A dozen protesters drop to their knees and lock arms. A police cruiser creeps into view. The protesters start chanting. "There ain't no power like the power of the people, 'cause the power of the people don't stop." DeSoto County sheriff's deputy Scott Osborne pulls up in front of the spectacle, pauses for a second, then drives around. He's here to investigate a skinny-dipping complaint, not a demonstration.
Public nudity may be a no-no in Arcadia, Fla., but teaching America's youth how to hang banners, block traffic, chain themselves to bulldozers, and generally challenge authority is tolerated. Here at Alternative Spring Break Action Camp, some of the same people who staged last year's disruptive protest at the World Trade Organization meeting in Seattle are sharing what they know with college students from around the United States.
The camp is a production of the Ruckus Society, a Berkeley, Calif., group that trains activists in nonviolent civil disobedience. The trainers are preparing their charges to protest next weekend at the spring meeting of the World Bank and International Monetary Fund in Washington. They're also looking forward to the political conventions in Los Angeles and Philadelphia.
"We're trying to teach a discrete set of tactics and strategies that can be applied to just about any campaign for social change," says director John Sellers.
On the second day of camp, the students get their first hands-on lesson. At lunchtime, they gather in front of a 50-foot scaffold, the plates on their knees piled high with garlicky vegetarian food. Several climbers ascend the tower and start to unfurl a banner. Trainers dressed like police come running out of the woods. The "cops" pull a few protesters off the scaffold, handcuff them, and drag them to a prisoner transport van.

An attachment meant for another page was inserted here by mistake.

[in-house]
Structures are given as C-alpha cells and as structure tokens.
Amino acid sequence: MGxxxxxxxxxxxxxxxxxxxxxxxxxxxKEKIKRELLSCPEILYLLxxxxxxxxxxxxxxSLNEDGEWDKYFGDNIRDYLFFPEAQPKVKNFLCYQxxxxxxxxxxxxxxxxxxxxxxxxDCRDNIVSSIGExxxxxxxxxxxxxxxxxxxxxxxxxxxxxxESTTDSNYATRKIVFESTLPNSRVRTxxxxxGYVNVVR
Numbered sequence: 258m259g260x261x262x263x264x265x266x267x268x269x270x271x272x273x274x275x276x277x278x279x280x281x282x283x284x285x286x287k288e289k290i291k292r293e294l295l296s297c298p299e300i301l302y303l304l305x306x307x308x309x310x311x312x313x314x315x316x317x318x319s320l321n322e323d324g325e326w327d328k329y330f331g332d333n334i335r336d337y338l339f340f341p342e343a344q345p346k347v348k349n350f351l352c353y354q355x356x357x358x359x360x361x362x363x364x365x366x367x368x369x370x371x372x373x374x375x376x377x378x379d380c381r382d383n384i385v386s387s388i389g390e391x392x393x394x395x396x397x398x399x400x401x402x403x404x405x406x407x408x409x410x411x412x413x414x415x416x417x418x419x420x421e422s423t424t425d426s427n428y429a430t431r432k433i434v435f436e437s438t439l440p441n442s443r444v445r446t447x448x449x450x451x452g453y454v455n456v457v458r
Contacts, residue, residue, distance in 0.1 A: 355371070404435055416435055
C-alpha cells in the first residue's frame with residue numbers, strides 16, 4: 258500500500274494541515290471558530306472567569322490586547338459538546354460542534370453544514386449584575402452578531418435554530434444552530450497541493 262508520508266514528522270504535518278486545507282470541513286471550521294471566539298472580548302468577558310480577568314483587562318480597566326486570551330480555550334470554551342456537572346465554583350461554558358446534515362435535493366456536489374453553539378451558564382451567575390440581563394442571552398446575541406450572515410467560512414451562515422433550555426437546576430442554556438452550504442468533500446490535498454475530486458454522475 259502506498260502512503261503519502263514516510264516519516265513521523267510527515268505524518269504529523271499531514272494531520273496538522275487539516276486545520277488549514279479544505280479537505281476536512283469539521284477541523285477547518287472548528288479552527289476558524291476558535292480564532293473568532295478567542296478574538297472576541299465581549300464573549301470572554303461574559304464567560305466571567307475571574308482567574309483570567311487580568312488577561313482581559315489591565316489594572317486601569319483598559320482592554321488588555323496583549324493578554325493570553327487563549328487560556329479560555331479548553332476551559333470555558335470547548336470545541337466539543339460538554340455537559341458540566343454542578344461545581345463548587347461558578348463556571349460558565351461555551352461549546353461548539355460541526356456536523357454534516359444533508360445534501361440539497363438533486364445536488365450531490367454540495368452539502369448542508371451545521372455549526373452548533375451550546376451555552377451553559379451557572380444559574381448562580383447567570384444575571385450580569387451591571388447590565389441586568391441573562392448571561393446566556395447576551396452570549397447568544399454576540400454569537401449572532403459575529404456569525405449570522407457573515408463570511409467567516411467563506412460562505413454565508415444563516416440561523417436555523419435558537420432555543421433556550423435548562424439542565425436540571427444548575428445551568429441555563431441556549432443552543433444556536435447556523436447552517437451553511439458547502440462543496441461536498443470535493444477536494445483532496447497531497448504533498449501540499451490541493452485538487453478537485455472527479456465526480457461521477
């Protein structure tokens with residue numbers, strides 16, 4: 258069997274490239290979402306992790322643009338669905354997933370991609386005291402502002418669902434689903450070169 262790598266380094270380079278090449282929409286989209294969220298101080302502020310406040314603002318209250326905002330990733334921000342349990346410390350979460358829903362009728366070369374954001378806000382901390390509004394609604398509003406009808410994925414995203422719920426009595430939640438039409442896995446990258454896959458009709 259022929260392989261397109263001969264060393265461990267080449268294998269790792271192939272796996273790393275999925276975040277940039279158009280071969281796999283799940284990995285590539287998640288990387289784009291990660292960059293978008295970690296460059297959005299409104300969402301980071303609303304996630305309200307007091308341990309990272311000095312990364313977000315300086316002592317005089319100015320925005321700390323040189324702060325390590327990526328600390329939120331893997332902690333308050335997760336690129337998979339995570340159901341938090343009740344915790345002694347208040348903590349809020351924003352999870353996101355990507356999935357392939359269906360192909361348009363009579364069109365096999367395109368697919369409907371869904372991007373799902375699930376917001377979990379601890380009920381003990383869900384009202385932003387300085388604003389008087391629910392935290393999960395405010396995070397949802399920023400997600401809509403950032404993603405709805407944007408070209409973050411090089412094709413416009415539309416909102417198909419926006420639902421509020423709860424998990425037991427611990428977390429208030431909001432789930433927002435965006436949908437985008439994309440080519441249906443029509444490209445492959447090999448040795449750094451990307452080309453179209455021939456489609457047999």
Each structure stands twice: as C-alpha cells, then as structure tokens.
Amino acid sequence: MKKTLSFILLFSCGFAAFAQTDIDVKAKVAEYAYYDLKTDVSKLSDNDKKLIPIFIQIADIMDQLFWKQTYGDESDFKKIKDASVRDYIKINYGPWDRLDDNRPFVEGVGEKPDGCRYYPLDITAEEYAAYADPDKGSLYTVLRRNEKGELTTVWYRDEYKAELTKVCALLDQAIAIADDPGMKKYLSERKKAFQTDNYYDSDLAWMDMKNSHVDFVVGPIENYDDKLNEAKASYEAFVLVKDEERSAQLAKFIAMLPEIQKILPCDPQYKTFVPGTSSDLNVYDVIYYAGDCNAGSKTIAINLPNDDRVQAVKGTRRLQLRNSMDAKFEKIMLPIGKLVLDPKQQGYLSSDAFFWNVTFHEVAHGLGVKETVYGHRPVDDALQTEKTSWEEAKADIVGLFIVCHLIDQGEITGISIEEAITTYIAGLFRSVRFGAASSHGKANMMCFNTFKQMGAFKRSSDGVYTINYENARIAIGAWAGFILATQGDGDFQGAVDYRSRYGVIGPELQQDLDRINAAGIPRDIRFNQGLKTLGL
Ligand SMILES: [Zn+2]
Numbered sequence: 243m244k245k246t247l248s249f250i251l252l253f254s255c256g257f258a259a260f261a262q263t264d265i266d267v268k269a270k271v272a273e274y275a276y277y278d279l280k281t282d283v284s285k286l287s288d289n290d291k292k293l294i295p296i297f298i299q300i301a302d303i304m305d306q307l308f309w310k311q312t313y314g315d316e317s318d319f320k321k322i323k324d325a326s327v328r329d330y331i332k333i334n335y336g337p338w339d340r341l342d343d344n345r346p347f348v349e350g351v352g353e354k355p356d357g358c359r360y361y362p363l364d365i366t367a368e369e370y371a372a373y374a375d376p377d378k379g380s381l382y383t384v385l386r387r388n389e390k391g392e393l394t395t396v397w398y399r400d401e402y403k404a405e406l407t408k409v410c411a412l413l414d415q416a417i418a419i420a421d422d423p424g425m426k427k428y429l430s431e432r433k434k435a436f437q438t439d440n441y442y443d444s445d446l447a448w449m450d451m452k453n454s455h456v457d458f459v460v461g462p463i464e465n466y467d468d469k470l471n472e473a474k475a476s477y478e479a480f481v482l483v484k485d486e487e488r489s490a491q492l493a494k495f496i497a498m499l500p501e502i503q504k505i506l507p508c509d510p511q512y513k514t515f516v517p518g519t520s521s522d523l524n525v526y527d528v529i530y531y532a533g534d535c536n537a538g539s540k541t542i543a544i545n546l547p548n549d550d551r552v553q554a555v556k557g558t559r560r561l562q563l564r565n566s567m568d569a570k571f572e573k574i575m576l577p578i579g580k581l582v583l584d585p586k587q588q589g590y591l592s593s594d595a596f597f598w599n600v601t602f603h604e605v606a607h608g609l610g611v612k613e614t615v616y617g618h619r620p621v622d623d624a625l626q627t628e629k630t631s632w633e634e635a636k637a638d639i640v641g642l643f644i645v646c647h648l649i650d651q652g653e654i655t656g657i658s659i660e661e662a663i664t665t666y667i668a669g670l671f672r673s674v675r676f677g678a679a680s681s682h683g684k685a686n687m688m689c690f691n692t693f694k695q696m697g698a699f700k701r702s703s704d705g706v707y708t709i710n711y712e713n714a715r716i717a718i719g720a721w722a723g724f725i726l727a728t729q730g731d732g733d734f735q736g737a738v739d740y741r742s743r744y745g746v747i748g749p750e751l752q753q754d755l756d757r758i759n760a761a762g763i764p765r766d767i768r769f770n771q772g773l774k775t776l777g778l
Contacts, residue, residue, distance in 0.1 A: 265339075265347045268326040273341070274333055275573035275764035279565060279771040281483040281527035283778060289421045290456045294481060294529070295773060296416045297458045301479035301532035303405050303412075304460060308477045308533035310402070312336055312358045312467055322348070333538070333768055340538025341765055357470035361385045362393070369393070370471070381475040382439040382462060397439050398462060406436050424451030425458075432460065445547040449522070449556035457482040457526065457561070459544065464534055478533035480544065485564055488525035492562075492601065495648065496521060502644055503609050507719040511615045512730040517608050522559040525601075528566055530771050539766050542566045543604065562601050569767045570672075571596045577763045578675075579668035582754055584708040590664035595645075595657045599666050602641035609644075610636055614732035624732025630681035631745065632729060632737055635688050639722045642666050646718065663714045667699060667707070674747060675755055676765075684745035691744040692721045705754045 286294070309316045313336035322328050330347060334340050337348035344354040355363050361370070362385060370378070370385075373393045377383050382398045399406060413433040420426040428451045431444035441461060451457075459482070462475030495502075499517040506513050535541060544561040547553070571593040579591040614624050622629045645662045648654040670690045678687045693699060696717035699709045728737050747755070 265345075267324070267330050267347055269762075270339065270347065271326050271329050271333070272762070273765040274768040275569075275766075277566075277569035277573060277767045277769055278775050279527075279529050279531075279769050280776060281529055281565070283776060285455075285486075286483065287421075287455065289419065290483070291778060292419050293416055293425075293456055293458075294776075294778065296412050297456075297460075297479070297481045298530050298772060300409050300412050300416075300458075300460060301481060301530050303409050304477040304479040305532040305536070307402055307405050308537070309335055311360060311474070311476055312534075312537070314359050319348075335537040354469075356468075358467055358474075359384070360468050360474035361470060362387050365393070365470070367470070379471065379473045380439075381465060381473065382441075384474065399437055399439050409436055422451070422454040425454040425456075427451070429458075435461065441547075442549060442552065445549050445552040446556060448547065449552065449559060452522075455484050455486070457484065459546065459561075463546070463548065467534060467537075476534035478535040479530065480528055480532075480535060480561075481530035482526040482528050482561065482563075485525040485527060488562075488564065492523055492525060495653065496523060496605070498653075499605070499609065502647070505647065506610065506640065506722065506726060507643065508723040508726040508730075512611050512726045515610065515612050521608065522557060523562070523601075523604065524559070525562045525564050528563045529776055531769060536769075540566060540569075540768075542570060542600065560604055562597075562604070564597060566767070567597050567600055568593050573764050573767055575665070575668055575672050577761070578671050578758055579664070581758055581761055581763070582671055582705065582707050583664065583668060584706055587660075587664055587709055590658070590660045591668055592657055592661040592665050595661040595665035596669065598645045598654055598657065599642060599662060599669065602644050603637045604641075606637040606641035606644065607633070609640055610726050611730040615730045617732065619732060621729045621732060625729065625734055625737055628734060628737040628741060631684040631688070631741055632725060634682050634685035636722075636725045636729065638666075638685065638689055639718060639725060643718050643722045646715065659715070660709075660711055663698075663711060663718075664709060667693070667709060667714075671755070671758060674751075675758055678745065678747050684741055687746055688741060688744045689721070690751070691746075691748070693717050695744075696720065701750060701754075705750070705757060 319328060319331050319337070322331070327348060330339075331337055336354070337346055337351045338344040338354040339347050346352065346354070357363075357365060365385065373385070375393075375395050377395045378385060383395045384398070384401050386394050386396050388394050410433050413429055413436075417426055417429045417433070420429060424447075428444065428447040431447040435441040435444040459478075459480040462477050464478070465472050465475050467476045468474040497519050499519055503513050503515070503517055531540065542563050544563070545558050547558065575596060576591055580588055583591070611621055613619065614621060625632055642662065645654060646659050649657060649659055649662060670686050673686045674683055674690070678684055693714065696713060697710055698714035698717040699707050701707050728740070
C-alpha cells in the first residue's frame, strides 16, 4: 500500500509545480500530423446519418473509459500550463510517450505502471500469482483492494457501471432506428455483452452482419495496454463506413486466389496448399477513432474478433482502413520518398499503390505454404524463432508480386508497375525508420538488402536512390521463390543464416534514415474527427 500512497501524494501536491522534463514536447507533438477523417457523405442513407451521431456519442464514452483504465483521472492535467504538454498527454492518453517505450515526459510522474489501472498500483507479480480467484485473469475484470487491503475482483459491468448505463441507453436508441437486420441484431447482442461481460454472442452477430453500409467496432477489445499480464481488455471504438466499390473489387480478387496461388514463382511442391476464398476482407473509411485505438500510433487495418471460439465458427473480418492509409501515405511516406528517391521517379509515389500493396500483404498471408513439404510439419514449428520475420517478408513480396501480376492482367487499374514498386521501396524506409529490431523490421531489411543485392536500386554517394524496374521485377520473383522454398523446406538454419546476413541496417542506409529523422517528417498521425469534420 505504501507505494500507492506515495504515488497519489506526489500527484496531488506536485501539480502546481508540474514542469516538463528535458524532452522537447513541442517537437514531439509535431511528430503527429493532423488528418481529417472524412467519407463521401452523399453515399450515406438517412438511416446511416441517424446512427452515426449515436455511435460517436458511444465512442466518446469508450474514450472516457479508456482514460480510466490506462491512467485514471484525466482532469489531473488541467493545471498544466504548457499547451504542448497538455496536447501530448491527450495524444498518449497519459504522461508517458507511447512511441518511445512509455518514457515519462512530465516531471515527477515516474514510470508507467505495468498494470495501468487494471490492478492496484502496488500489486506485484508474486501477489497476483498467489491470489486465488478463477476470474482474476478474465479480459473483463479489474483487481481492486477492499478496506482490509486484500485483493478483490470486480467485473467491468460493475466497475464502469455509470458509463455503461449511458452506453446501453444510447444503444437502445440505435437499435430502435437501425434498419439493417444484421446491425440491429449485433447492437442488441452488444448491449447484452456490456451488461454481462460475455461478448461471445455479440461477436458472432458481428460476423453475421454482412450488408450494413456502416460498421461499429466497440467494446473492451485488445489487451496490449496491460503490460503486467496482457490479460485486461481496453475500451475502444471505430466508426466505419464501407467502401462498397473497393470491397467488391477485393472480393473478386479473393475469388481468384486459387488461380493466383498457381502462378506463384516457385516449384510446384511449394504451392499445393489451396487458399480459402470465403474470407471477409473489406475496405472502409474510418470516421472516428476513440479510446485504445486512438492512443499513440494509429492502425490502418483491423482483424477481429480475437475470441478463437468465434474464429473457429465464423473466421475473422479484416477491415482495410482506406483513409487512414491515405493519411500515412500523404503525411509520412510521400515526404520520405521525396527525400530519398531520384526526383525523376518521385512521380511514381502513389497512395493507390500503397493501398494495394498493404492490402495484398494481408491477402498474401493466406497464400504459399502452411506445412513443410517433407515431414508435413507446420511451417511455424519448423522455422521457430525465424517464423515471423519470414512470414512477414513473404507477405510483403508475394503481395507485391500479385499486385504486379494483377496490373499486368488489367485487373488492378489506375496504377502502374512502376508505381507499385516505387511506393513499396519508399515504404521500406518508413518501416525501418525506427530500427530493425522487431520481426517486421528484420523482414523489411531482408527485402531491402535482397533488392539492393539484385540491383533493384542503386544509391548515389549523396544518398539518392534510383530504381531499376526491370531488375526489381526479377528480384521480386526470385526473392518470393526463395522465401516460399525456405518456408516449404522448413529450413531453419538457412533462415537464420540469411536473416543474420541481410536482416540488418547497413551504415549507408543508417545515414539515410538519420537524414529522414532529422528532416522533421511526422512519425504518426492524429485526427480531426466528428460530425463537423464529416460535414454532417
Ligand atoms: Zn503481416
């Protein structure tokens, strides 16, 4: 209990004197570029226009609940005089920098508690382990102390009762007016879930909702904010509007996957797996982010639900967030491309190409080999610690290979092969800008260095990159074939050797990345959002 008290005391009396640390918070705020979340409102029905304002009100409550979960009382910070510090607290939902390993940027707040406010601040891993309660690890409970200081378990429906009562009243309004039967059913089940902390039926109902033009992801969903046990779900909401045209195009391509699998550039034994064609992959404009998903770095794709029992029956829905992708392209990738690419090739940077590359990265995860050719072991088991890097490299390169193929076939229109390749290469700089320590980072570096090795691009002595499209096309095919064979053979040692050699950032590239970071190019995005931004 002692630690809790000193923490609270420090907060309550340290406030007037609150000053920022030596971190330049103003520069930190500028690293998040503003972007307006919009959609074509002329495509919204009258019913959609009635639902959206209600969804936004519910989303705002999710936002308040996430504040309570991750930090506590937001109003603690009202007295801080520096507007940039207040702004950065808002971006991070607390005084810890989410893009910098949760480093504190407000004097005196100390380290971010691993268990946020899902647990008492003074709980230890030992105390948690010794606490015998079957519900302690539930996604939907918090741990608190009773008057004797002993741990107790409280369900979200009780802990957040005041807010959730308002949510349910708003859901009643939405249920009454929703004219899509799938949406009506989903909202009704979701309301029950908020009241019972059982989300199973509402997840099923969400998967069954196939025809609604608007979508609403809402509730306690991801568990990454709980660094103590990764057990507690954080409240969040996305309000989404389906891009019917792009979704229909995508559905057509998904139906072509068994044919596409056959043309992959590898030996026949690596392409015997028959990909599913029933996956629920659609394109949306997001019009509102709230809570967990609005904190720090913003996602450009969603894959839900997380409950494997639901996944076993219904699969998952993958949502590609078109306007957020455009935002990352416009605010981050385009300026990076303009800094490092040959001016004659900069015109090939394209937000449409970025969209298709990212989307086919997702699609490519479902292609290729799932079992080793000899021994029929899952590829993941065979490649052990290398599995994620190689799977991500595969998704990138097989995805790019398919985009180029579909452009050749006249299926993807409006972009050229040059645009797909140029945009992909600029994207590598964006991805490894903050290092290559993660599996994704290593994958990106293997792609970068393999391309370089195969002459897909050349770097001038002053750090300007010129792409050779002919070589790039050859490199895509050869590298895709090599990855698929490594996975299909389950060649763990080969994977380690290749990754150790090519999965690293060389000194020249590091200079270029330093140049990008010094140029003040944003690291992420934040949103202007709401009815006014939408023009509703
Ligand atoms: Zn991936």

Gradually, the students come to life. They start chanting. As the cops load arrestees into the prisoner transport - really a green minivan - the students surround it and refuse to move. The climbers finally get the banner unrolled. It bears the Ruckus Society's slogan: "Actions Speak Louder Than Words." The crowd goes wild.
They don't call it the Ruckus Society for nothing.
Spring Break Action Camp is as disciplined as a military operation. But fun is also a vital element. In a political-theater workshop, students make up skits, interpretive dances, and songs. Cheerleaders chant a message about global warming: "Hot sun is blazing in the sky, sea is rising, you know why? Cars and cattle and coal, oh my!" Watching from a distance, Mike Roselle, a veteran environmental activist who founded Ruckus in 1995, grumbles about what has become of his movement. "I feel like I fell asleep and woke up in kindergarten," he says.
But these kids are not playing around. Using boycotts and publicity campaigns, they recently persuaded all three major US automakers to withdraw from the Global Climate Coalition, an industry group that disputes the science behind global warming. "What they really bring to the table is their courage and their outrage," Mr. Roselle says.
(c) Copyright 2000. The Christian Science Publishing Society